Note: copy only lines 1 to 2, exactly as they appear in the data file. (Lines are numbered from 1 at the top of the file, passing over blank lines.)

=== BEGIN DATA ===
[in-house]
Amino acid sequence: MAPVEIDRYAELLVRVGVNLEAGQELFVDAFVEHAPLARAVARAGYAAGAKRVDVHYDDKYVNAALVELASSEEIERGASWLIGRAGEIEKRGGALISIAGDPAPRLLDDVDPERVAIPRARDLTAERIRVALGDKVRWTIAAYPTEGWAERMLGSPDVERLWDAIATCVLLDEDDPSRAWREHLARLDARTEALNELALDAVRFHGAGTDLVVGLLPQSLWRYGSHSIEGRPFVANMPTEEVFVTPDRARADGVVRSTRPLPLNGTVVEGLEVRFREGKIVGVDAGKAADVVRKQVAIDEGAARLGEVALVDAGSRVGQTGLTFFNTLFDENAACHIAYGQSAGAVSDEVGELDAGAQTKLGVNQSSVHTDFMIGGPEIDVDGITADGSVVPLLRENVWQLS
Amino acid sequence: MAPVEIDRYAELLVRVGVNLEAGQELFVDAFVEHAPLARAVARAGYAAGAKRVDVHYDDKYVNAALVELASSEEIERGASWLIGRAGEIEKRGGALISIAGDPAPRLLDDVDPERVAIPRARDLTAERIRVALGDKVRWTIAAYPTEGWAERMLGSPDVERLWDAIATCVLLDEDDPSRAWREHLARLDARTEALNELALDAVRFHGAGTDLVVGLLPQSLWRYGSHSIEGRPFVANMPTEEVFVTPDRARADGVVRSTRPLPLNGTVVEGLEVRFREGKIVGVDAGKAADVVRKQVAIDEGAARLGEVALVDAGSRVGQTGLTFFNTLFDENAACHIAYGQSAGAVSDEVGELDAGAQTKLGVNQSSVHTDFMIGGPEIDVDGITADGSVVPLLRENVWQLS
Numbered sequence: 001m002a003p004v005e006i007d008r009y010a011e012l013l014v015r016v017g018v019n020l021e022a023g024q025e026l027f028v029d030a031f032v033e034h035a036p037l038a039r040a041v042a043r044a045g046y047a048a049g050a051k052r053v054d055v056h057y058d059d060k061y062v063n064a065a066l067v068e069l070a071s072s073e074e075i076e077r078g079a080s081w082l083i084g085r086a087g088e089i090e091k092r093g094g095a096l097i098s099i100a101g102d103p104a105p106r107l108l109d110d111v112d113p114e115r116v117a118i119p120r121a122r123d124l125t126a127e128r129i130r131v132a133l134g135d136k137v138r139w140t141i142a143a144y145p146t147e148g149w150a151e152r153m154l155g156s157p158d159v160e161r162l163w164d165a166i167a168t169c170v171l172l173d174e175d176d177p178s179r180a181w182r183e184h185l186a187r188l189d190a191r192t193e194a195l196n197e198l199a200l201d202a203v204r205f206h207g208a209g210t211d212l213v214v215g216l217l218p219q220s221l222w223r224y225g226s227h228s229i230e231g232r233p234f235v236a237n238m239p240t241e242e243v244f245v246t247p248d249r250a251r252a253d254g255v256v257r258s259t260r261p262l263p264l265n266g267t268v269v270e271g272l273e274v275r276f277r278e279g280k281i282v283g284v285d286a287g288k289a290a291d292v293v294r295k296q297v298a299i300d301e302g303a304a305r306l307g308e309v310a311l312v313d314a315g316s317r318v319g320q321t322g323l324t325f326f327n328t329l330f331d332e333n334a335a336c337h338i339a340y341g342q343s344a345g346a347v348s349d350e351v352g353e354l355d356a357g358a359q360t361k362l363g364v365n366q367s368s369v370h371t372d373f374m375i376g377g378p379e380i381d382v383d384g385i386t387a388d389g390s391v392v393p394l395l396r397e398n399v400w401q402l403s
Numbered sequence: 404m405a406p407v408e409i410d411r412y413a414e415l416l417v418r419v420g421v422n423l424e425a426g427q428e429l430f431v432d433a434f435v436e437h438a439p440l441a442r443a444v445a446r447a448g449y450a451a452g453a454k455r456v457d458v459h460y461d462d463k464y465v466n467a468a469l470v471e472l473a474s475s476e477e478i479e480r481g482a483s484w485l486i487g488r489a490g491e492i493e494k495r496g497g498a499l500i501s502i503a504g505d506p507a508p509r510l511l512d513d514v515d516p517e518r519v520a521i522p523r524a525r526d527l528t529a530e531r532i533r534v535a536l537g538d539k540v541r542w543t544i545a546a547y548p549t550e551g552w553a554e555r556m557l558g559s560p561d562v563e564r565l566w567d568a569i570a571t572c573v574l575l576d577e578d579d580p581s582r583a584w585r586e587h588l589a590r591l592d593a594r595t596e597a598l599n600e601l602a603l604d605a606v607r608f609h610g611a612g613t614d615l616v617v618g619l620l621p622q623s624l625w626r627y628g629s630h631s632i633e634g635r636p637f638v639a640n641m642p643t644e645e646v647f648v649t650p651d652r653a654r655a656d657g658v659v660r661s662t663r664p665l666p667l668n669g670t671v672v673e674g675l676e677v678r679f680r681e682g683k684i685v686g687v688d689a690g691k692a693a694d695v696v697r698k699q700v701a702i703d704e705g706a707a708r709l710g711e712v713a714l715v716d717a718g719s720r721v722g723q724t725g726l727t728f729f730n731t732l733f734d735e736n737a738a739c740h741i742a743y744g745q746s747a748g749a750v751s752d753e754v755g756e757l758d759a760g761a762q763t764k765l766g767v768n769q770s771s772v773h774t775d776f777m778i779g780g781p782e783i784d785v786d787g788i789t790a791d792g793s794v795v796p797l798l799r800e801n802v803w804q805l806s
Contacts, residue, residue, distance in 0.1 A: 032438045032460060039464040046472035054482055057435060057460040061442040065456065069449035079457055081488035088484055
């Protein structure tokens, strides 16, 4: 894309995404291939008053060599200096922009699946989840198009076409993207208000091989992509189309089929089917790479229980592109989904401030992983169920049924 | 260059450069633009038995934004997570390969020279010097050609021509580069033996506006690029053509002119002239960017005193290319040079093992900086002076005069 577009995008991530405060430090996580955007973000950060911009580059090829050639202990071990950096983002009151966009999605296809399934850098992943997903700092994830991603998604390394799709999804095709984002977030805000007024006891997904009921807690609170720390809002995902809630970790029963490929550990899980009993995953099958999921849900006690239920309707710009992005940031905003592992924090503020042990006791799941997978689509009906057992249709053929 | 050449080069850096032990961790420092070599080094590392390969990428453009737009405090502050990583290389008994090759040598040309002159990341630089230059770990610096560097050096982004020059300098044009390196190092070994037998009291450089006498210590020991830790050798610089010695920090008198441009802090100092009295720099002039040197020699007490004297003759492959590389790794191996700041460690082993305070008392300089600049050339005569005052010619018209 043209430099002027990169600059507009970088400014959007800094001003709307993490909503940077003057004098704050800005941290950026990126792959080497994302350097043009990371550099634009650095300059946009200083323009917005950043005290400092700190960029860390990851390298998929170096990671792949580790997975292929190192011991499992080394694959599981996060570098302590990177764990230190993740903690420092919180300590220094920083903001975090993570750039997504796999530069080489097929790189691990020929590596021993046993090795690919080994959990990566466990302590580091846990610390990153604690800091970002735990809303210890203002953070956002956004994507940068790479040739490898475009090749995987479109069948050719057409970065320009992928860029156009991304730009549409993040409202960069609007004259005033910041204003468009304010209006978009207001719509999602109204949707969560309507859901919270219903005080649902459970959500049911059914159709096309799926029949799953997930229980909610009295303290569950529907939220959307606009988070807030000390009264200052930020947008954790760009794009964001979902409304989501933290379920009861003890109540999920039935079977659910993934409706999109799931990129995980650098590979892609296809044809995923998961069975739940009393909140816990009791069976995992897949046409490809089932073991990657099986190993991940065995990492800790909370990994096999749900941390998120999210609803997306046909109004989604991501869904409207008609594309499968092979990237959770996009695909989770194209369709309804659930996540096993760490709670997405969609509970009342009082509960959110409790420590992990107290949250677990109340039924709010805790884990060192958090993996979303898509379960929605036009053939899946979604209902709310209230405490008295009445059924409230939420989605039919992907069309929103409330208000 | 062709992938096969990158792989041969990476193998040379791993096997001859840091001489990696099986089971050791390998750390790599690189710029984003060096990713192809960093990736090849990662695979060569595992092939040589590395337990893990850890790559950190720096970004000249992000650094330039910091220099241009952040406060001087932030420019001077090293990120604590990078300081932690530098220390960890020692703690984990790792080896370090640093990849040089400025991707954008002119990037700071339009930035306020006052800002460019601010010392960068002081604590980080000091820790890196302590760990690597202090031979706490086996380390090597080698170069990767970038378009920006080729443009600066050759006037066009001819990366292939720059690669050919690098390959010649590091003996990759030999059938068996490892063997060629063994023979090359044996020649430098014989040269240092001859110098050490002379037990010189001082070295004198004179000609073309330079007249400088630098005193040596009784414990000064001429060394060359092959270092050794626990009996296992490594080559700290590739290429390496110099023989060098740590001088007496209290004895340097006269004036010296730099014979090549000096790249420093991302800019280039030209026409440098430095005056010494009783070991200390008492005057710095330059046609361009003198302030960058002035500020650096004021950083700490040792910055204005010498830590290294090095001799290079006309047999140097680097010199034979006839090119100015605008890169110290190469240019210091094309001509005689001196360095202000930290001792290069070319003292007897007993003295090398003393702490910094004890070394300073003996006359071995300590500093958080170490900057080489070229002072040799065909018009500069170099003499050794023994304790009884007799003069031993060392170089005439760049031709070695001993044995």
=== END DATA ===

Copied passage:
[in-house]
Amino acid sequence: MAPVEIDRYAELLVRVGVNLEAGQELFVDAFVEHAPLARAVARAGYAAGAKRVDVHYDDKYVNAALVELASSEEIERGASWLIGRAGEIEKRGGALISIAGDPAPRLLDDVDPERVAIPRARDLTAERIRVALGDKVRWTIAAYPTEGWAERMLGSPDVERLWDAIATCVLLDEDDPSRAWREHLARLDARTEALNELALDAVRFHGAGTDLVVGLLPQSLWRYGSHSIEGRPFVANMPTEEVFVTPDRARADGVVRSTRPLPLNGTVVEGLEVRFREGKIVGVDAGKAADVVRKQVAIDEGAARLGEVALVDAGSRVGQTGLTFFNTLFDENAACHIAYGQSAGAVSDEVGELDAGAQTKLGVNQSSVHTDFMIGGPEIDVDGITADGSVVPLLRENVWQLS